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How to... implement grounded theory

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Application of GT to management research

Jones and Noble (2007) attribute the growing popularity of GT in management studies to three factors:

  1. its ability to throw new light on old theory
  2. its relevance to practitioners
  3. its usefulness in uncovering micro-management issues.

Others have commented (for example, Elharidy et al., 2008) on its ability to support the study of actors in their everyday world.

We shall now look briefly at its use in various management disciplines, as evidenced by articles from the Emerald database.


The growth of qualitative research in accounting has seen the launch of Emerald's new journal, . Gurd (2008) maintains that it is the dominant approach for qualitative field studies in accounting, and that the usual home for such studies is .

A consistent problem, however, has been that accountancy researchers do not understand the way in which GT has developed, partly because they are borrowing the methodology from another discipline. Greenhalgh’s 2000 study is quoted by Gurd (2008) as an example of a good write-up of the theory.

Elharidy et al. (2008) consider GT to be particular suitable for interpretive management accounting research (IMAR), which looks at the practices rather than the principles of management accounting:

"GT is consistent with IMAR in its emphasis on developing theory from data, the importance given to ‘local voices’, and its emphasis on explaining interactions between participants in the field".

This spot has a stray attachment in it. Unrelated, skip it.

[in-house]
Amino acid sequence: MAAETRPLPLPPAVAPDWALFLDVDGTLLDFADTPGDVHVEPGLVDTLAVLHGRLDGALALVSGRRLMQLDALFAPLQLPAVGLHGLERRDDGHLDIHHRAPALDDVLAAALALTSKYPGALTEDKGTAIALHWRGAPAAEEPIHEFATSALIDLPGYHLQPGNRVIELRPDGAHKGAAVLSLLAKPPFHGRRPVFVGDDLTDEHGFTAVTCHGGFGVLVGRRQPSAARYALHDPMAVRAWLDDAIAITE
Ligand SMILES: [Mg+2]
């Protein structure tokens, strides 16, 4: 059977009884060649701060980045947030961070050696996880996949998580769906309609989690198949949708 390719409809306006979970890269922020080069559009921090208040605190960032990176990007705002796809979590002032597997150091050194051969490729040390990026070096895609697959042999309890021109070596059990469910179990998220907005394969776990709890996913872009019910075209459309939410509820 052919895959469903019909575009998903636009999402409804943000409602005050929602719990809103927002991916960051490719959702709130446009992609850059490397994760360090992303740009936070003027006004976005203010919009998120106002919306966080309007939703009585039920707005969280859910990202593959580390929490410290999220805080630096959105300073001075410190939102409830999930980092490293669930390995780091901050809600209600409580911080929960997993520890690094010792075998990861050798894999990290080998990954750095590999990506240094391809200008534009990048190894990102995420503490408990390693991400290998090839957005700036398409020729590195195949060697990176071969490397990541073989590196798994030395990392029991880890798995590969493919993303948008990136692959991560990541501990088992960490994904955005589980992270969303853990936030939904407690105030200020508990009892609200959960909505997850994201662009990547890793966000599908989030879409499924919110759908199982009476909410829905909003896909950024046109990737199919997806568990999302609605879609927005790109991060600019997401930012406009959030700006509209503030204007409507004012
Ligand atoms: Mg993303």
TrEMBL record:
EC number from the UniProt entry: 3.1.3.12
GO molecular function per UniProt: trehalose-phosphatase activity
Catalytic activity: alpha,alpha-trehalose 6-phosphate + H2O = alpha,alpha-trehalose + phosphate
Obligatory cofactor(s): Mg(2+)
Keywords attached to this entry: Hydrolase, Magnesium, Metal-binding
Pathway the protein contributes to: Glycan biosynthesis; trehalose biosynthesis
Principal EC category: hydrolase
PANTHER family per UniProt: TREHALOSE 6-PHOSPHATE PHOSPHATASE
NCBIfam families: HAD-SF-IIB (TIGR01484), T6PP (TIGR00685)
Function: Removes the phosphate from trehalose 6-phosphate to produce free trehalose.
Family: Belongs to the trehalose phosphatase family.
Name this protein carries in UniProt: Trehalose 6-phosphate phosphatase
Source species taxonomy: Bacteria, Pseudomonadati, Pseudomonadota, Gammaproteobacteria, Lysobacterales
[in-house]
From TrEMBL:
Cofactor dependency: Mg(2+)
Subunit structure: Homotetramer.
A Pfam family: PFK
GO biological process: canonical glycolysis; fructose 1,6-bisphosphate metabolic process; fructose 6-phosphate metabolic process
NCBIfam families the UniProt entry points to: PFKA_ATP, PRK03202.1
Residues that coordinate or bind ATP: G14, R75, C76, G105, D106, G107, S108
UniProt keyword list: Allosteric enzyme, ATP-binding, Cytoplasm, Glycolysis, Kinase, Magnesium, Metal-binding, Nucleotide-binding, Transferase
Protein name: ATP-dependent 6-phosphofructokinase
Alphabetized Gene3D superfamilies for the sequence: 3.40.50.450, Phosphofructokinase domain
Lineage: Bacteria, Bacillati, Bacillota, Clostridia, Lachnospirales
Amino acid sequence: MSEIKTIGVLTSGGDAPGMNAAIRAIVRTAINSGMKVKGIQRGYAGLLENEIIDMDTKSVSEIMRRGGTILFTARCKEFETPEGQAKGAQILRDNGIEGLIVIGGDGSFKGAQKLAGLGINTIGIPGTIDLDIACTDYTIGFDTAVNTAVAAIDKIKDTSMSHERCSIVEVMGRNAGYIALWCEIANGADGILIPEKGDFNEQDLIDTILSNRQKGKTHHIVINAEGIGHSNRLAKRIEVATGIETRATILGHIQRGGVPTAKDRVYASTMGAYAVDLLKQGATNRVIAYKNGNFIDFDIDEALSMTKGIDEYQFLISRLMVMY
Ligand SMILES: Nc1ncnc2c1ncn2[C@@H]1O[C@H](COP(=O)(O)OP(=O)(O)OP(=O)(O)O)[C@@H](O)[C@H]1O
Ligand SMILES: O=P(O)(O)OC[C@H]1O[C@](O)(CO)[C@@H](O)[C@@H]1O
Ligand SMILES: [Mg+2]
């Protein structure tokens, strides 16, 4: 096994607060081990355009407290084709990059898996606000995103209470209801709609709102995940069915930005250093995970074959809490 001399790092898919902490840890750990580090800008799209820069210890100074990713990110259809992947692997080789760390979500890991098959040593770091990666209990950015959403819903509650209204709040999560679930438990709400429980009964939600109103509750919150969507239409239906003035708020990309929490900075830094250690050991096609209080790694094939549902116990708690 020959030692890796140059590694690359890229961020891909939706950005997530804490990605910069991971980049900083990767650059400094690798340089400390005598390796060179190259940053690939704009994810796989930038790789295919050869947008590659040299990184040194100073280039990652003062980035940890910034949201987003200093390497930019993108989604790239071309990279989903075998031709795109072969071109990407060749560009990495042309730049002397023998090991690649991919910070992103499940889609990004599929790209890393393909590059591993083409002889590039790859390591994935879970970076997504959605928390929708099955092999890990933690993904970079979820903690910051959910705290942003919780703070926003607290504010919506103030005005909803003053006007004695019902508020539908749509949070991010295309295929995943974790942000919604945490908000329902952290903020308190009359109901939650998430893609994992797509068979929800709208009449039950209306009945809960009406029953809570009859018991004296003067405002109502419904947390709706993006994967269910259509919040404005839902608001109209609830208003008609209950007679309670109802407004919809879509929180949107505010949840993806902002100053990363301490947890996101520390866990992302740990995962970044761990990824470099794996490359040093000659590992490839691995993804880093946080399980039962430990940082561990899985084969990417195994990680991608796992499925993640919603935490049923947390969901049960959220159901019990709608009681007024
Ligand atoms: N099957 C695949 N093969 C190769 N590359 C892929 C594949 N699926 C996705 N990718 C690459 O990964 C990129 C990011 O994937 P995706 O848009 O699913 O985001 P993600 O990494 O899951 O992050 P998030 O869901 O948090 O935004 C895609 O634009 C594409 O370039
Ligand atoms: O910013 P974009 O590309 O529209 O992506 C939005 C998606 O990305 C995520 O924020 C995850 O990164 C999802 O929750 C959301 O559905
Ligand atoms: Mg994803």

(Elharidy et al., 2008: p. 143).

Elharidy et al. also provide a table comparing the features of IMAR and GT (2008: p. 149). They point out that most accounting researchers prefer the more structured, Strauss and Corbin approach. Goddard (2004), whose methodology is described above, used GT (Strauss and Corbin) for his study of UK local government.

Sales and marketing

Geiger and Turley (2003) maintain that the social psychological approach of looking at the behaviour of "living actors" and their interactions makes it a suitable tool for analysing relationship selling and marketing.

Goulding (2005) compares the use in marketing research of three different qualitative methods – grounded theory, ethnography and phenomenology – and concludes that use of GT is particularly appropriate where behavioural issues are being studied, as in green, ethical or social marketing. Sternquist and Zhengyi (2006) apply GT to the creation of a product decision process model in China.

Organizational behaviour

The peculiar capacity of GT to capture both the individual’s view and his or her interactions with others has made this approach popular with studies that look at the way in which people behave in organizations.

Lakshman (2007) uses grounded theory to illustrate the role of leaders in information and knowledge management, applauding its longitudinal and processual approach. Douglas (2006) uses it to study management decision making. Macri et al. (2002) use it to explore resistance to change. Bakir and Bakir (2006) use it as a tool to look at managers’ understanding of strategy.

Leisure and tourism

Leisure and tourism have a strong behavioural element which makes GT an obvious research technique. It has been used to create a model of visitor experience of heritage sites in Thailand (Daengbuppha et al., 2006).

Library and information science (LIS)

Mansourian (2006) and Seldén (2005) have both studied the use of GT in library and information science (LIS). Mansourian quotes Powell (1999) as maintaining that LIS lacks "well founded theories", so GT is an obvious choice because of its ability to construct theory.

Both authors trace the use of GT back to researchers at Sheffield university, and in particular Ellis’ 1987 doctoral thesis for that university. GT has been popular with other doctoral students and has also been employed for user studies and various aspects of online learning (Mansourian, 2006).